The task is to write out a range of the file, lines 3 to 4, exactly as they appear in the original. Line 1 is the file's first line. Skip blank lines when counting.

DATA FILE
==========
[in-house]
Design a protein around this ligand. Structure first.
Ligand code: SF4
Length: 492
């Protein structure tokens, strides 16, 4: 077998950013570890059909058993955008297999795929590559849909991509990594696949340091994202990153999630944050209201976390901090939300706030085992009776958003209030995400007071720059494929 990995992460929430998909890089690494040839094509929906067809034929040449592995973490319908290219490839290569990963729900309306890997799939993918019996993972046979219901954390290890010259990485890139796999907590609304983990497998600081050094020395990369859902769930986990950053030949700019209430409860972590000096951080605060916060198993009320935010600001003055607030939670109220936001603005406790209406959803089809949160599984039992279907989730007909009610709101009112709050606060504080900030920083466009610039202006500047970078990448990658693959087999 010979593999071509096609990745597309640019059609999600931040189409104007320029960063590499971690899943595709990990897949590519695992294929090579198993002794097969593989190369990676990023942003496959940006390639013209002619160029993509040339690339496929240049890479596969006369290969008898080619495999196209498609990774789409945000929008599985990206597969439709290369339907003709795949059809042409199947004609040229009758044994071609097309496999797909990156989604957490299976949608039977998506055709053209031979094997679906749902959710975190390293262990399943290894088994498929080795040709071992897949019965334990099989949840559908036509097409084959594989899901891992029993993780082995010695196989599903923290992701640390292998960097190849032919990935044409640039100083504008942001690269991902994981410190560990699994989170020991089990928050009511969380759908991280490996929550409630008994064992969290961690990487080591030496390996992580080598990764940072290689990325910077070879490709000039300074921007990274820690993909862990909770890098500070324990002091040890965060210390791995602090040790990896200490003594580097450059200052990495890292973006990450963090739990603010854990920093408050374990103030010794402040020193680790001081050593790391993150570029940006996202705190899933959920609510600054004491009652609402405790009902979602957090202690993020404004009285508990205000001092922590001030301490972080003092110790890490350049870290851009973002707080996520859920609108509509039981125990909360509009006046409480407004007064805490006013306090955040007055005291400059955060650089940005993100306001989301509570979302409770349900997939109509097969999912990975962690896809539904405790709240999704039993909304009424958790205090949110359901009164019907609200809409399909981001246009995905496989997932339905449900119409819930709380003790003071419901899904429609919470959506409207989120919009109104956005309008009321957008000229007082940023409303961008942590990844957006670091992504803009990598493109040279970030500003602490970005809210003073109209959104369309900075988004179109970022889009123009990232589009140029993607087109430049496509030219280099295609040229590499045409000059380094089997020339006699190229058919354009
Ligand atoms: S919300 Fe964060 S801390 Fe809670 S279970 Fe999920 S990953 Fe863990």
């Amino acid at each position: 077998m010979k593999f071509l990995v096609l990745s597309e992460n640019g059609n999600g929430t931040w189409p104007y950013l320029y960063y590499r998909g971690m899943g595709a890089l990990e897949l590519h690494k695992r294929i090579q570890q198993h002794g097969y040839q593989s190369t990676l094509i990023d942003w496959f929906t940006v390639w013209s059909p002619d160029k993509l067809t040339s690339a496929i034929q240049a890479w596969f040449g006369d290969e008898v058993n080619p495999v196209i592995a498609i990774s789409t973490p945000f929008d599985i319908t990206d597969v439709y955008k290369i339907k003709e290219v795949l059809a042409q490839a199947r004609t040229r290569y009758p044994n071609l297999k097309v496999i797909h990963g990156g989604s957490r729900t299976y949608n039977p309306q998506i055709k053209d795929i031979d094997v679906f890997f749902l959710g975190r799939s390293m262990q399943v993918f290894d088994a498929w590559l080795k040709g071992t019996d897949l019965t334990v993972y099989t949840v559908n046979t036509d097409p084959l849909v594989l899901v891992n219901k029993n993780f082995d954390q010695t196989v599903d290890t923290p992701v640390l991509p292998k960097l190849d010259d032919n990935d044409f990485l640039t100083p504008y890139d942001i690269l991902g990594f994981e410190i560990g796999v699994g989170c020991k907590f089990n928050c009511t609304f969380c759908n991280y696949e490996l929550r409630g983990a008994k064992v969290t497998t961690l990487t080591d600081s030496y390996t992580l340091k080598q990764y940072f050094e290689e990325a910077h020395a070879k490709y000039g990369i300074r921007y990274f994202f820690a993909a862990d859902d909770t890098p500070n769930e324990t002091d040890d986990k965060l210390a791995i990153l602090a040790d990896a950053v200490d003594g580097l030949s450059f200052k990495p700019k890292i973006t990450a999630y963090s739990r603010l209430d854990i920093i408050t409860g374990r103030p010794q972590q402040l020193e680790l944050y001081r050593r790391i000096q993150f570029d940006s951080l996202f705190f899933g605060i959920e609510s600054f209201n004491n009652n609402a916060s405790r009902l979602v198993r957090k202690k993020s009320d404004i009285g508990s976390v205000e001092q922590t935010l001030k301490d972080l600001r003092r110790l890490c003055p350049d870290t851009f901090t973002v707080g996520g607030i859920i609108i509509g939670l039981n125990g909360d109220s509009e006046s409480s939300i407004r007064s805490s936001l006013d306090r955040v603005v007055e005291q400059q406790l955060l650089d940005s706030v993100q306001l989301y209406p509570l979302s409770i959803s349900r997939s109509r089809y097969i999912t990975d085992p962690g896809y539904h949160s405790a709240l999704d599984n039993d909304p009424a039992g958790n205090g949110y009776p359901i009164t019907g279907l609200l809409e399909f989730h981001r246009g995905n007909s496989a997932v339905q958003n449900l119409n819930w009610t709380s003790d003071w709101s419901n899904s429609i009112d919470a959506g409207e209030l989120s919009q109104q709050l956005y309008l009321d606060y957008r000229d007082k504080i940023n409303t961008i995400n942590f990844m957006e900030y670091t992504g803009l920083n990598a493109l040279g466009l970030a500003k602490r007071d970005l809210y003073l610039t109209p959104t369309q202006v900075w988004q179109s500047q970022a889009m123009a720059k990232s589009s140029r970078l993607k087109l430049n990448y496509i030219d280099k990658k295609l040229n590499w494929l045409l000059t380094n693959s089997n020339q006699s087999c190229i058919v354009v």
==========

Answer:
Ligand code: SF4
Length: 492